Miuccia Prada looked to the house’s past for her latest collection, a mashup of archival prints and fabrics. Prada’s “Pocone” nylon made a comeback in the form of bags, padded outerwear and hats. The label’s popular past prints—including its flame, lipstick and banana graphics—were layered over and juxtaposed next to each other on Hawaiian shirts and shorts. The rubber Prada Sport stripe was also revived, adorning bucket hats and windbreakers.
Inspired by the unabashed gender-bending sexuality of Madonna, Jeremy Scott of Moschino debuted a kink-infused collection of thigh high boots, lingerie, skimpy pinstripe suiting and lots of patent leather. “People are in control of their sexuality and the way they want to look; you’re owning your own power,” Scott told Vogue, a timely, uplifting statement in the midst of myriad sexual harassment cases plaguing fashion and entertainment. Drag queen Violet Chachki closed the show, conjoined to a male model by the tail of a tandem tuxedo jacket. “In the end, aren’t we all joined?” Scott asked.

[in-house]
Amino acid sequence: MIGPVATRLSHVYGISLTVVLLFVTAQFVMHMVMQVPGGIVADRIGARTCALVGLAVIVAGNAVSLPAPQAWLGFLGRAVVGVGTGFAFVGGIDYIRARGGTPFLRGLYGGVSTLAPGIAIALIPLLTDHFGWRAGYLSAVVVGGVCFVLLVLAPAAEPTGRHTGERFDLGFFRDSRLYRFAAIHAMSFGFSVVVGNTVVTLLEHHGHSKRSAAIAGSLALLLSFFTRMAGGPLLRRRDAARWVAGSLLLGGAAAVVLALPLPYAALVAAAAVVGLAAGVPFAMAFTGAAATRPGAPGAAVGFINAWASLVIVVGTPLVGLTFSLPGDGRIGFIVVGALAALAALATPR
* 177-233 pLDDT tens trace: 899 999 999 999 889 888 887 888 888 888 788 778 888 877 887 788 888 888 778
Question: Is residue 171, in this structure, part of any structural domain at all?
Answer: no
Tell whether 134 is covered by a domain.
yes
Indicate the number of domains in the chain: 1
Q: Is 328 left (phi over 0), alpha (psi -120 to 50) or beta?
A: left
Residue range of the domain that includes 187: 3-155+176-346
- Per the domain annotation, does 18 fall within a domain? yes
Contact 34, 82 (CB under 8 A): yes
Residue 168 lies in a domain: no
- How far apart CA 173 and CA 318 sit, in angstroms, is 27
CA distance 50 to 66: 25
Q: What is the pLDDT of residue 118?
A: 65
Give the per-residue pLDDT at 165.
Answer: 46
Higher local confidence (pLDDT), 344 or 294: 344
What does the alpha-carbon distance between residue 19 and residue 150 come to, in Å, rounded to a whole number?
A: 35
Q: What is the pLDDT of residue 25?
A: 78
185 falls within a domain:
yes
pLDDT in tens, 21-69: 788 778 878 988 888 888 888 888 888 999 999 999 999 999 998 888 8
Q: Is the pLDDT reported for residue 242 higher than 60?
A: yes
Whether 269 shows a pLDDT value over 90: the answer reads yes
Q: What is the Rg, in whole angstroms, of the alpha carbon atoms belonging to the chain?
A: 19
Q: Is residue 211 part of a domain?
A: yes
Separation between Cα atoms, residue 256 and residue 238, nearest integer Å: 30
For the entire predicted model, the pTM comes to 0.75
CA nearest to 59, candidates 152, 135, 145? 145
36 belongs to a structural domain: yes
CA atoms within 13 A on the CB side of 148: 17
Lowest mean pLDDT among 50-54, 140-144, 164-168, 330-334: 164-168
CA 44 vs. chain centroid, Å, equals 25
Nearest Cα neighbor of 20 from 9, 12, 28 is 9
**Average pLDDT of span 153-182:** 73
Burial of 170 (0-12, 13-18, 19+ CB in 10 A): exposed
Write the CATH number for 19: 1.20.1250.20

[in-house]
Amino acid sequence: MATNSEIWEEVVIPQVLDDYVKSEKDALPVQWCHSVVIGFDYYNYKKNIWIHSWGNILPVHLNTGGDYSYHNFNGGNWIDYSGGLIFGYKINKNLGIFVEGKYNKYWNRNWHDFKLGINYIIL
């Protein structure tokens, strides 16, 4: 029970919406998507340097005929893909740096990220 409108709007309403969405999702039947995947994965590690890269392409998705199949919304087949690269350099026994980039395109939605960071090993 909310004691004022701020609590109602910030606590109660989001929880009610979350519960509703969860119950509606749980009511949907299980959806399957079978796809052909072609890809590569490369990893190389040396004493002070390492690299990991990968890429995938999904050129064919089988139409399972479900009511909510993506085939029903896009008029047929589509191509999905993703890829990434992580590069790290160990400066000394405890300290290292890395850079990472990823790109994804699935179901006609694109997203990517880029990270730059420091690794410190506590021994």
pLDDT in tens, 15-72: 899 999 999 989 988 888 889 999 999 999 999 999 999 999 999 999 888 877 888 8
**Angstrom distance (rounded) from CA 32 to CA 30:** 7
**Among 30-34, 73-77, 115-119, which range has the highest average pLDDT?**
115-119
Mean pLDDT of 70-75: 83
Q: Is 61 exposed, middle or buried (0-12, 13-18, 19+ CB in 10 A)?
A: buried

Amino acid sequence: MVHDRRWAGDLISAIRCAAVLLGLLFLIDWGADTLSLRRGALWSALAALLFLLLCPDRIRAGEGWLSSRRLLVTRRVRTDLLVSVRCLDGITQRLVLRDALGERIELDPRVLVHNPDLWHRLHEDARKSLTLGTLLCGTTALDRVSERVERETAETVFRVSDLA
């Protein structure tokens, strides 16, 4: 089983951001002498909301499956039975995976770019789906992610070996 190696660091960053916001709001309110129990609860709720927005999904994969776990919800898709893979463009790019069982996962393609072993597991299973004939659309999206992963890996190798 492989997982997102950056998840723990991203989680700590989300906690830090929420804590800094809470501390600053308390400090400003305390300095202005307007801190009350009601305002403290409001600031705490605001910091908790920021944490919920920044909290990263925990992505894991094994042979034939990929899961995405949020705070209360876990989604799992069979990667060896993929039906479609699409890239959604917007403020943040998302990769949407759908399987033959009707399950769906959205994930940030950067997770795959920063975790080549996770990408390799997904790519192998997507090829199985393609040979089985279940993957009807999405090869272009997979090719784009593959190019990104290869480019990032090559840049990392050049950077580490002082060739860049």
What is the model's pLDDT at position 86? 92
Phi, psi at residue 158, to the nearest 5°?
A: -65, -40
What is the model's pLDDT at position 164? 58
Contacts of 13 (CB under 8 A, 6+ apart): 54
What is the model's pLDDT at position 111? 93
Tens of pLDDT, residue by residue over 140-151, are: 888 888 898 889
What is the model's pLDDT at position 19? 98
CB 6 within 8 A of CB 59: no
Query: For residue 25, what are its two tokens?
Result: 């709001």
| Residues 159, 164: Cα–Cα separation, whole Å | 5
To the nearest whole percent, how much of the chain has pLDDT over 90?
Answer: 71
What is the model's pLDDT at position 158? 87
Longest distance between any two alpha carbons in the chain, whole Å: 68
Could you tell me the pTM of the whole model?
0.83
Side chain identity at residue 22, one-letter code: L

Prints reigned supreme at Versace, from tartan to tiger to the house’s signature gold filigree. Bags were quilted and upholstered like Chesterfield sofas, boots were heavy-soled and studded and accessories were hung with tassels. Rich velvets were fashioned into button downs, puffer jackets and low-slung pants. Sneaker enthusiasts are sure to snatch up Versace’s latest footwear offerings that featured colorful prints, neon laces and molded soles. As usual, Donatella’s collection asserts the house as a leading force in fashion—and will no doubt bolster the buzz around the imminent debut of “The Assassination of Gianni Versace: American Crime Story.”
The iconic Italian design house, helmed by Silvia Venturini Fendi, offered a collection of luxe streetwear essentials sure to be eaten up by Tommy Ton, The Sartorialist and other street style documenters next season. Set in a faux airport arrivals hall, Fendi’s jet-setters walked the runway in fur bombers, fanny packs (worn slung over the shoulder) and bucket hats branded with the label’s signature double F logo. Venturini Fendi also collaborated with graphic designer Reilly for a capsule collection of shearling-trimmed outerwear and accessories printed with a collaged mashup of this season’s references—the house’s logo, the word “FREEDOM” (a nod to the set’s travel theme) and check prints.